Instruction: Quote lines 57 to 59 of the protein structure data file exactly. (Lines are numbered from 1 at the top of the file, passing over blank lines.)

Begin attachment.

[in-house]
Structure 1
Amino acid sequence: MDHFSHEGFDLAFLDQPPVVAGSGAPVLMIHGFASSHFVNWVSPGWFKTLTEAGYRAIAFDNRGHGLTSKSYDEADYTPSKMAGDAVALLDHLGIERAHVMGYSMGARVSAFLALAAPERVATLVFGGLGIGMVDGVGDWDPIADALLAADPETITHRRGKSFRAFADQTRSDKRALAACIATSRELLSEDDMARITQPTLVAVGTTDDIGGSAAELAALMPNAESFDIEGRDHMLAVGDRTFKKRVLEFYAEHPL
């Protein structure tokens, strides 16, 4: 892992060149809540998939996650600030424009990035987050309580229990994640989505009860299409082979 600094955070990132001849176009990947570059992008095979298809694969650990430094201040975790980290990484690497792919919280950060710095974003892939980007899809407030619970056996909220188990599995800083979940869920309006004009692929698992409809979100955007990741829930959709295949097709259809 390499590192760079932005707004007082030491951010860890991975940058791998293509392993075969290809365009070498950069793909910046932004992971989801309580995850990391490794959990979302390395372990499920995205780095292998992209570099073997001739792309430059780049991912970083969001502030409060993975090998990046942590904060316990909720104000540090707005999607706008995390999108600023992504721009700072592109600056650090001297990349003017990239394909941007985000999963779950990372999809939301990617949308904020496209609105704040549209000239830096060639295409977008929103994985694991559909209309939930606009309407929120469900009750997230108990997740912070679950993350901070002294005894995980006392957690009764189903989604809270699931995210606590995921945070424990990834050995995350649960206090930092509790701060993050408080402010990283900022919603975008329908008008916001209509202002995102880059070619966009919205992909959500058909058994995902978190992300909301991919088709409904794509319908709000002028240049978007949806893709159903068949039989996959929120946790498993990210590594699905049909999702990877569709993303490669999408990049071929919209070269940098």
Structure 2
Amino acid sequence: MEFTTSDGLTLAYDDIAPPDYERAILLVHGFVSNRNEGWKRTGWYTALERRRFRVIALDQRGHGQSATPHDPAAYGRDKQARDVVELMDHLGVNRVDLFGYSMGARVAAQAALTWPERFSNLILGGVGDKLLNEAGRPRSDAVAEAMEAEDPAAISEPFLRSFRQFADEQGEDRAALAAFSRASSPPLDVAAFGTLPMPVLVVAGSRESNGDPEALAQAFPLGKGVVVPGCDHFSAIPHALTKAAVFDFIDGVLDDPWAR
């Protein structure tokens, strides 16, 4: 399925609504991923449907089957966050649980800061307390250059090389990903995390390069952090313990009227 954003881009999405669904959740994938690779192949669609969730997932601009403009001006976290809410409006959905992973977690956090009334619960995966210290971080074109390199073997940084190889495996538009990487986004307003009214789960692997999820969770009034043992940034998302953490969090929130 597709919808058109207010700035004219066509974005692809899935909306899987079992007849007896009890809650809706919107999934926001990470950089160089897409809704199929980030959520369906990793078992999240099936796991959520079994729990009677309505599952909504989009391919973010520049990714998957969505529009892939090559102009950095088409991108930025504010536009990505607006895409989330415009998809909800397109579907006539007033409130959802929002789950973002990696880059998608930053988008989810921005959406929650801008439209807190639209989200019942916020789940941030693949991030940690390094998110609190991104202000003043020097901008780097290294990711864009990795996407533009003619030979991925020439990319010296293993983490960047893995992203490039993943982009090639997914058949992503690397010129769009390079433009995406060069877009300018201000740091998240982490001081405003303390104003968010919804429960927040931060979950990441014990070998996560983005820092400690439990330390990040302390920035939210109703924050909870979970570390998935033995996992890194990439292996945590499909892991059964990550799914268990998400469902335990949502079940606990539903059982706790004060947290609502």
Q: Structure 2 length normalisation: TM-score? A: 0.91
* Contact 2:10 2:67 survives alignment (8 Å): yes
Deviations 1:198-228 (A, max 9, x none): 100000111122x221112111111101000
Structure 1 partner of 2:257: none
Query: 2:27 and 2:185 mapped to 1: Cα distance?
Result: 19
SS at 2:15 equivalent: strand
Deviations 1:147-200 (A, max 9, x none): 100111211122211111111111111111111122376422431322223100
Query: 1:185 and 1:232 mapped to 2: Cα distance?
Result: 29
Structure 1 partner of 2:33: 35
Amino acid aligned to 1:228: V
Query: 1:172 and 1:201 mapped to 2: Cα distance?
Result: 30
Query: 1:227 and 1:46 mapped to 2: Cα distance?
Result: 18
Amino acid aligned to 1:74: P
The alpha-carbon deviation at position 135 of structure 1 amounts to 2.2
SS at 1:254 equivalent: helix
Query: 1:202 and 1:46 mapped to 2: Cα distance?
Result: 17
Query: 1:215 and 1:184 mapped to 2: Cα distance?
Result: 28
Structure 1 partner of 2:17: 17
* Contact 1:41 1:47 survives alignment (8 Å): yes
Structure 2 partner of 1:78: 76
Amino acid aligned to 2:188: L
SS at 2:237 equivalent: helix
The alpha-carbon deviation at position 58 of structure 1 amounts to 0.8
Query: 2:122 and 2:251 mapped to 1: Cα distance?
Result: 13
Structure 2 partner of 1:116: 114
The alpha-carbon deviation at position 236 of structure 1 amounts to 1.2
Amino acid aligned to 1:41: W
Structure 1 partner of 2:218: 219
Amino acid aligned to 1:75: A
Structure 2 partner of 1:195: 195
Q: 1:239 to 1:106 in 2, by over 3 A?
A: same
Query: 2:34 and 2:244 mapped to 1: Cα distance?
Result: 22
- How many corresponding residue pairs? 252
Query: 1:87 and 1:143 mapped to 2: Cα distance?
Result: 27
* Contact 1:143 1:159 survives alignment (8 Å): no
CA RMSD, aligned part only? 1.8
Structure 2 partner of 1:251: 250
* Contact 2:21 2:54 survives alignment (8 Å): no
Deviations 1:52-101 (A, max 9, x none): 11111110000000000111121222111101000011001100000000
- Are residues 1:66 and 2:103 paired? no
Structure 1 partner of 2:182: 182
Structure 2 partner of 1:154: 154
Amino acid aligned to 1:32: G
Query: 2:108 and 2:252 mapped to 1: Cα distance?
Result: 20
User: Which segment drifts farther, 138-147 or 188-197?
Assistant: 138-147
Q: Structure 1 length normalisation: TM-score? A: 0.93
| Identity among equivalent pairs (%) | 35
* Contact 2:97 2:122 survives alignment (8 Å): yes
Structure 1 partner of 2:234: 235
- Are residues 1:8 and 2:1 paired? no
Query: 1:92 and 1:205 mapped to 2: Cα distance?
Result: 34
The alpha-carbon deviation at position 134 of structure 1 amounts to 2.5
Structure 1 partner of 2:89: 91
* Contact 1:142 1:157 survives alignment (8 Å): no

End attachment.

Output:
- Are residues 1:66 and 2:103 paired? no
Structure 1 partner of 2:182: 182
Structure 2 partner of 1:154: 154